Whistler Film Festival 2019: Kristina Mileska on THE BEAR AND THE BEEKEEPER

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In Kristina Mileska’s The Bear and the Beekeeper, an ageing beekeeper tries to keep a pesky predator away from his beehives in order to keep the memory of his loved one alive. The dialogue-free short The Bear and the Beekeeper explores themes of loss and memory with a sense of whimsy and lightness.
The short film has been nominated for an. AWFJ EDA Award at Whistler Film Festival 2019. The EDA Awards at Whistler a film festival will be announced on December 10, 2019.

Jennifer Merin: What your film is about — both in story and theme?

Mileska: The Bear and the Beekeeper is about an elderly man trying to preserve the memory of someone that has passed. The film explores themes of loss and remembrance with a light-hearted whimsy.

Merin: How is your film stylistically distinctive?

Mileska: The Bear and the Beekeeper is entirely dialogue-free and relies heavily on it’s visuals. I decided to keep the script brief and opted to storyboard the short with my cinematographer Andy Kloske during the writing process in order to to get a better idea of exactly what was needed to drive the plot forward. In the absence of dialogue, music functions as a central character in the film and is used to help underline the emotional core of the story.

Merin: How and why did you encounter and commit to the subject/theme of your film and to the main characters in it?

Mileska: A few years ago, I read a brief news article about a beekeeper who used an unusual method to keep a bear away from his beehives. The way his wit and humour was described reminded me of my grandfather which made the story very personal to me. It brought up my own feelings of memory and loss that I connect to my grandparents.

Merin: What did you learn about the subject/theme from making the film?

Mileska: Most of my films to date have dealt with the theme of loss, but usually from the perspective of a young protagonist coming of age or losing their innocence. While this film examines that common theme, it was a new challenge for me to explore it through the lens of sentimentality and memory.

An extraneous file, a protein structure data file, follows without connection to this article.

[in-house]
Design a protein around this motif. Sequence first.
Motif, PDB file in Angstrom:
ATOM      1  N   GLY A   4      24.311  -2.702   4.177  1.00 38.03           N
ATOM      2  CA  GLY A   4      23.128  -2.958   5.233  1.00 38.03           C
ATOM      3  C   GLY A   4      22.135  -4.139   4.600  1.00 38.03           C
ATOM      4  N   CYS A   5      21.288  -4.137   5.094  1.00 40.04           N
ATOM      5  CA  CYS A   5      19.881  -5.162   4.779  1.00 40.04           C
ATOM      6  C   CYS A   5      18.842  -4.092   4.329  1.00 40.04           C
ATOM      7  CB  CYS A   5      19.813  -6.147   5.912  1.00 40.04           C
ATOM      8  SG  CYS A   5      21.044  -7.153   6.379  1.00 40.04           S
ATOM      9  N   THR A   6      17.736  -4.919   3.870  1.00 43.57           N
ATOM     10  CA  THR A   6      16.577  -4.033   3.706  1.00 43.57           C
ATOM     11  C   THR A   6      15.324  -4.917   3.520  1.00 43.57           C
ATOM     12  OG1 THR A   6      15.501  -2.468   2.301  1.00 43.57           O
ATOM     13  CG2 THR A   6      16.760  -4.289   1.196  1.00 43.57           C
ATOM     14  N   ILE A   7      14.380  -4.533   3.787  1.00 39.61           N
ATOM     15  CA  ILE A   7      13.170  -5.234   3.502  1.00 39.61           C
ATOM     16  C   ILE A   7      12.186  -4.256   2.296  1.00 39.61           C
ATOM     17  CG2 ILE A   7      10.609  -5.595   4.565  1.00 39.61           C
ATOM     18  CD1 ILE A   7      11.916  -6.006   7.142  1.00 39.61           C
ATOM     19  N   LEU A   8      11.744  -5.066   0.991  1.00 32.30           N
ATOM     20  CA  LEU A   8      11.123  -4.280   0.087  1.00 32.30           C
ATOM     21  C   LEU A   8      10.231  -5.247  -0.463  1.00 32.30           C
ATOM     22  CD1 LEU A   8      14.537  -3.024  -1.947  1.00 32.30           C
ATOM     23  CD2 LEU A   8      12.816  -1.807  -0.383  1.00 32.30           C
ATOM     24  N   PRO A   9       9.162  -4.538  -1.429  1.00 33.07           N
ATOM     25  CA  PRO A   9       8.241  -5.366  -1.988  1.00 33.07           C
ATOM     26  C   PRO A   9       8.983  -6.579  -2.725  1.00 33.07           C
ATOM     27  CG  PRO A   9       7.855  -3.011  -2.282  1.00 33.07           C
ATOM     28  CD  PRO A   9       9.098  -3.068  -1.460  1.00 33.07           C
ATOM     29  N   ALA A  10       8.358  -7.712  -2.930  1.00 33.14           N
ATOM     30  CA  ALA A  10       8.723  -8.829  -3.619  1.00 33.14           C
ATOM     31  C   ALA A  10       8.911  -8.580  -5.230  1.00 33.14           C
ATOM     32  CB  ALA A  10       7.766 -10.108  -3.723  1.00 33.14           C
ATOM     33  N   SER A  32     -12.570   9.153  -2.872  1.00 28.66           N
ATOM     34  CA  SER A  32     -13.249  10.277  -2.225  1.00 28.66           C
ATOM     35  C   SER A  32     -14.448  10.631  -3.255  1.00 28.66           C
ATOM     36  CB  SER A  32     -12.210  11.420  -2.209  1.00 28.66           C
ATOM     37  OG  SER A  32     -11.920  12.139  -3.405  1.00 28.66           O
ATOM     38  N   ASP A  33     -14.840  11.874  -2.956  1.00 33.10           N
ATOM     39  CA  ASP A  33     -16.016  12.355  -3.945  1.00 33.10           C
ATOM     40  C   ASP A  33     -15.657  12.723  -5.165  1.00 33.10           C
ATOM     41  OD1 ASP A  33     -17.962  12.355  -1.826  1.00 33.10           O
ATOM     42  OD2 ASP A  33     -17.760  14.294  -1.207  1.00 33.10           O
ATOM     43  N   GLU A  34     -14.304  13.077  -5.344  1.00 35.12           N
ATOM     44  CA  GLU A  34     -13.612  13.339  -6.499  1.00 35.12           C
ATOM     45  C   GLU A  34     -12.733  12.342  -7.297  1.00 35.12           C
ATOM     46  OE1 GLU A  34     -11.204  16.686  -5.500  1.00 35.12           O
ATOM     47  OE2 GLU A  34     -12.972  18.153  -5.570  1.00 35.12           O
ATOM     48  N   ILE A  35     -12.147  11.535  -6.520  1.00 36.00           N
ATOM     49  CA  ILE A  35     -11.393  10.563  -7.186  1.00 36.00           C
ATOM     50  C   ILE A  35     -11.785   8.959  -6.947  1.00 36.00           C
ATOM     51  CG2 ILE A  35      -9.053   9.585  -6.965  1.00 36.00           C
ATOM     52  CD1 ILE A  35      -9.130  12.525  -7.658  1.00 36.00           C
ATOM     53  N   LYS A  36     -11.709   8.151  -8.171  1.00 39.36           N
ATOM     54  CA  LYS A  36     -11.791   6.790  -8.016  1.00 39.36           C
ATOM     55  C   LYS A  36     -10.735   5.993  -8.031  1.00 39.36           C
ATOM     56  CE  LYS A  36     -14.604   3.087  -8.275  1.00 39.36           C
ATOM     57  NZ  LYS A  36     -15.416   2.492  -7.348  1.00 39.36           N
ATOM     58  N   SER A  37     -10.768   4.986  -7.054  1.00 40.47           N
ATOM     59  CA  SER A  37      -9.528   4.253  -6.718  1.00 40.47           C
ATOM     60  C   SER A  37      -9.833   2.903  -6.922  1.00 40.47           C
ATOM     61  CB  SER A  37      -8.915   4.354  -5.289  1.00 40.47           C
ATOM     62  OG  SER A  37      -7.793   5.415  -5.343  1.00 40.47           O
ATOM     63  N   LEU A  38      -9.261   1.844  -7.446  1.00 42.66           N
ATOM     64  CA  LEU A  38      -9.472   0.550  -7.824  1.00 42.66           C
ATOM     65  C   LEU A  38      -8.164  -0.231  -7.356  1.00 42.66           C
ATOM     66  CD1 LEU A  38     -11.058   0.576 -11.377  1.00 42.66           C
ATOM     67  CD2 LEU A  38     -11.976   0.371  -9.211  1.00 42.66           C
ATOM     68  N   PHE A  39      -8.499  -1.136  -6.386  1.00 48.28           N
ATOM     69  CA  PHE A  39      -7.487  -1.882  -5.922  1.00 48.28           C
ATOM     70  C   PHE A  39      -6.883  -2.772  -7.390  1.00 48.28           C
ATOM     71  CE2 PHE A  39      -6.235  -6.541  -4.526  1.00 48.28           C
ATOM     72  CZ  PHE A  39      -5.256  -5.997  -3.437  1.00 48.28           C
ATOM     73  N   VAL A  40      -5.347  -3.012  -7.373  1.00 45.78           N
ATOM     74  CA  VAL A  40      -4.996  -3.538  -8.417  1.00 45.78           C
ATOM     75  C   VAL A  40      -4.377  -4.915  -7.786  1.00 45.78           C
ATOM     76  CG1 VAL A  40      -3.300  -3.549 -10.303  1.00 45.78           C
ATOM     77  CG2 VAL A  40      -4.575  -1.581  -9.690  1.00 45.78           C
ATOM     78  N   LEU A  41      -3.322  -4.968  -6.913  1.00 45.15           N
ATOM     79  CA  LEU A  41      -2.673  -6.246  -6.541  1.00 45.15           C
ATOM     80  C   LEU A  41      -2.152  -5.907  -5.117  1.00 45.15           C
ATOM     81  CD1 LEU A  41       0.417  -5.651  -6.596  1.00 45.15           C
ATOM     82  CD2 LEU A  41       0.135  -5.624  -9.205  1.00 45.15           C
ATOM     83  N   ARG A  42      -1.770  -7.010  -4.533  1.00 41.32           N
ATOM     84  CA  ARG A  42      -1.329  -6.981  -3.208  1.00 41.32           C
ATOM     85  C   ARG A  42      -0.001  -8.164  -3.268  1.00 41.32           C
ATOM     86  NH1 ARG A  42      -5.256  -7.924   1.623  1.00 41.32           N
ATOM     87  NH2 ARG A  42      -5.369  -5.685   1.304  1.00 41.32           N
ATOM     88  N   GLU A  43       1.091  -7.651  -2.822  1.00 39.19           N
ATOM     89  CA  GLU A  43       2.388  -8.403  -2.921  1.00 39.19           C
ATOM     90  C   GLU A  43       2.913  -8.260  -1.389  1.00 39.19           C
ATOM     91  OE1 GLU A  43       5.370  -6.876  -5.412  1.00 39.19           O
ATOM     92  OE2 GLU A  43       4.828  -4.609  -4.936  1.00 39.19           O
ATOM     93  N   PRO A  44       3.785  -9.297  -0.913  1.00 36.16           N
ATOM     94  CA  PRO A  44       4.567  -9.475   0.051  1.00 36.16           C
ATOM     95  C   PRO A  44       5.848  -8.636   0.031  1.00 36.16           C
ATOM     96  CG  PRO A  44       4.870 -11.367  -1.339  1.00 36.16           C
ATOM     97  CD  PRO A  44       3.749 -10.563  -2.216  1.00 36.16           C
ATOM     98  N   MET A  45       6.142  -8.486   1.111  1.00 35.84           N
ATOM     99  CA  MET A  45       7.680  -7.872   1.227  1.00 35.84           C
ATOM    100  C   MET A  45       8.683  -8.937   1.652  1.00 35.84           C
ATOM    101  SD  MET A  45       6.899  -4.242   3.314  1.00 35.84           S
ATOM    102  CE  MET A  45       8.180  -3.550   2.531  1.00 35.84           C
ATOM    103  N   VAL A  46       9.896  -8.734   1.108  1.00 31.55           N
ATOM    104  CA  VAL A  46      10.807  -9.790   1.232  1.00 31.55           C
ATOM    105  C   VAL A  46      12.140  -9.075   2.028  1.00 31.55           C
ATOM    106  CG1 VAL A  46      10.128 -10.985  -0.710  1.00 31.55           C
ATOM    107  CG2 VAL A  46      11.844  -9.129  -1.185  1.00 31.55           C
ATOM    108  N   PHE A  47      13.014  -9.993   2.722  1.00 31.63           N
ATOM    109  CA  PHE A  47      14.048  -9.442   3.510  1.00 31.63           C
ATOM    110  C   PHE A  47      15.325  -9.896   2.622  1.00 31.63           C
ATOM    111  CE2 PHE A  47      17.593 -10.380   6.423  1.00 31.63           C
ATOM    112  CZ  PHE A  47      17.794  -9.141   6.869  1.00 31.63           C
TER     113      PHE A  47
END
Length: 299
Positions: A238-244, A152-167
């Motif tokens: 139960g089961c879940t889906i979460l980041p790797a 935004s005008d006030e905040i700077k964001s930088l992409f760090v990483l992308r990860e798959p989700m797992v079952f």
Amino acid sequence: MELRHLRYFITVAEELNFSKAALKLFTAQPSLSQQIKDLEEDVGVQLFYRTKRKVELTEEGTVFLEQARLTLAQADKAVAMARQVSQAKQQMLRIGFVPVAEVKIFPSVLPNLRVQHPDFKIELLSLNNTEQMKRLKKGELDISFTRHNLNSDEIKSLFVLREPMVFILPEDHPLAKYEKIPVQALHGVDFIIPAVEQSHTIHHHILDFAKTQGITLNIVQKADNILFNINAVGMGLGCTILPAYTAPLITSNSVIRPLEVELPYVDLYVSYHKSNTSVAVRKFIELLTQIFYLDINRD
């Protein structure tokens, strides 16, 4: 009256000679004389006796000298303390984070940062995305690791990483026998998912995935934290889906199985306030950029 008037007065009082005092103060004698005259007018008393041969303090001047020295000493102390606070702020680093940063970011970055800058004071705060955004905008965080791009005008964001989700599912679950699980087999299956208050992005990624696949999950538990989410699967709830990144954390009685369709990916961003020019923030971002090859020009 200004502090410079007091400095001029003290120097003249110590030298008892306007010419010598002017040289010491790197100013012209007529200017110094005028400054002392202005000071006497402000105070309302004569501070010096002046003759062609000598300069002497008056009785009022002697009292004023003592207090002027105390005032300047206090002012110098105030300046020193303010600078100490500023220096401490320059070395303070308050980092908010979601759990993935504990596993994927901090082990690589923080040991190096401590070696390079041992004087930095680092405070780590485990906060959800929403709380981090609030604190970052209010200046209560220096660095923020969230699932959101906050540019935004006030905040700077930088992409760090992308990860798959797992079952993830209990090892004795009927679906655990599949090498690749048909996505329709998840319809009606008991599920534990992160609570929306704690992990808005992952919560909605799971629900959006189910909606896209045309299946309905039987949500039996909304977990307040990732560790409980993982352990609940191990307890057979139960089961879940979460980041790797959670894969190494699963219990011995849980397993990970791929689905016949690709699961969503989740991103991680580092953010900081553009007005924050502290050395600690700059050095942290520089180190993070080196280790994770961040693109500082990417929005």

Merin: What did you learn about filmmaking from making the film?

Mileska: Like with making any film there is never enough time or money. While this one felt like a scramble to make as we were at the mercy of a very tight honey harvesting schedule, I learned that any obstacle can be overcome when there’s a strong creative drive. I also learned to trust my team wholeheartedly. I had previously worked with some of the key crew including our lead actor Peter Higginson, but we added some new members to our team that brought their own unique talents to the project.

6Merin: What were your biggest challenges in making the film?

Mileska: Because the story relied so heavily on the visuals, we spent a lot of time prepping and storyboarding. However, nothing could have prepared us for the unforeseen weather conditions and the unpredictability of working with live bees on a tight shooting schedule. We often needed to quickly pivot and make changes on the spot which kept us on our toes. Ultimately, I think that flexibility comes through in some of the scenes and adds a layer of spontaneity to the film.

Merin: Do you think that being female gave you a distinct perspective and/or way of handling the filmmaking process?

Mileska: I think being female inherently affects everything I do. As a female filmmaker, I do feel a responsibility in creating work that places women at the forefront, whether that is in front of the camera or behind it. With this film, having a male protagonist felt like the most authentic way for me to tell this story as he is inspired by my grandfather.

Merin: What are your plans for the future?

Mileska: I’m currently working on developing my first feature!

Merin Who are the filmmakers whose work has inspired/influenced your own?

Mileska: I’ve always loved filmmakers like Guillermo Del Toro and Taika Waititi who create films that are imaginative and entertaining, while still being thought provoking. Recently, I’ve been inspired by Canadian filmmakers like Kazik Rawadanski and Heather Young for their ability to consistently make great shorts and features in their own distinct style.

Merin: What advice do you have for other female Filmmakers who are trying to make their way through a still male-dominated industry?

Mileska: I would say find your key collaborators. There are so many talented women in the industry who are open to collaborating and sharing their time and resources. Regardless of gender, finding a group of people that believe in you and the work you are creating is so important in staying motivated and inspired.

Kristina Mileska is a Toronto-based writer and director who focuses on creating visual stories with minimal dialogue. She graduated from York University’s Film Production program in 2015. Her thesis film Asteroid was awarded NSI’s Fearless Filmmaker Award and the People’s Choice Award at the 2015 Air Canada EnRoute Film Festival. In 2017, she wrote and directed a micro short film titled Afloat (2017) which went on to screen at TIFF Kids in 2018. The Bear and the Beekeeper (2019) is her latest work.

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